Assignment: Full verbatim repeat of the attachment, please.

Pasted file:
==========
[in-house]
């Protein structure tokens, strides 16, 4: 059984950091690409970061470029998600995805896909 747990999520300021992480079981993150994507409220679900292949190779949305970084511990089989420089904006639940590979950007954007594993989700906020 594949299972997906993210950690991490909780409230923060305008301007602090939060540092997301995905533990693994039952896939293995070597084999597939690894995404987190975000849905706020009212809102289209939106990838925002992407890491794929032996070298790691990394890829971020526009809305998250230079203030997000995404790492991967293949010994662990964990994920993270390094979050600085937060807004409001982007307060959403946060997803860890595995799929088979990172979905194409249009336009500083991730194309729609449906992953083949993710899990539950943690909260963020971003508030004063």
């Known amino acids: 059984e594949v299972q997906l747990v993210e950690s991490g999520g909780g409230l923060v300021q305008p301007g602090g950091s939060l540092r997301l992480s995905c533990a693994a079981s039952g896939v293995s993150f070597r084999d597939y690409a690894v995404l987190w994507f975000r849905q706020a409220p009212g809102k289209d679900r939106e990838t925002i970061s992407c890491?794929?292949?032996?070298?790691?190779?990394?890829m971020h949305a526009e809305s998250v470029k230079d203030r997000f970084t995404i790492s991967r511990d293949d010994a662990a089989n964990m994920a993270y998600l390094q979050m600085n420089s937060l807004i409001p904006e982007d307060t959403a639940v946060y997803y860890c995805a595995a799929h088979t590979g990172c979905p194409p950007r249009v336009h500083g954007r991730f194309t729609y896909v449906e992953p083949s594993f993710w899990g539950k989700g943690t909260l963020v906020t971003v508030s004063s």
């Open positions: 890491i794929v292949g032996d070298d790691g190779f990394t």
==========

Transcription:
[in-house]
């Protein structure tokens, strides 16, 4: 059984950091690409970061470029998600995805896909 747990999520300021992480079981993150994507409220679900292949190779949305970084511990089989420089904006639940590979950007954007594993989700906020 594949299972997906993210950690991490909780409230923060305008301007602090939060540092997301995905533990693994039952896939293995070597084999597939690894995404987190975000849905706020009212809102289209939106990838925002992407890491794929032996070298790691990394890829971020526009809305998250230079203030997000995404790492991967293949010994662990964990994920993270390094979050600085937060807004409001982007307060959403946060997803860890595995799929088979990172979905194409249009336009500083991730194309729609449906992953083949993710899990539950943690909260963020971003508030004063």
């Known amino acids: 059984e594949v299972q997906l747990v993210e950690s991490g999520g909780g409230l923060v300021q305008p301007g602090g950091s939060l540092r997301l992480s995905c533990a693994a079981s039952g896939v293995s993150f070597r084999d597939y690409a690894v995404l987190w994507f975000r849905q706020a409220p009212g809102k289209d679900r939106e990838t925002i970061s992407c890491?794929?292949?032996?070298?790691?190779?990394?890829m971020h949305a526009e809305s998250v470029k230079d203030r997000f970084t995404i790492s991967r511990d293949d010994a662990a089989n964990m994920a993270y998600l390094q979050m600085n420089s937060l807004i409001p904006e982007d307060t959403a639940v946060y997803y860890c995805a595995a799929h088979t590979g990172c979905p194409p950007r249009v336009h500083g954007r991730f194309t729609y896909v449906e992953p083949s594993f993710w899990g539950k989700g943690t909260l963020v906020t971003v508030s004063s």
């Open positions: 890491i794929v292949g032996d070298d790691g190779f990394t």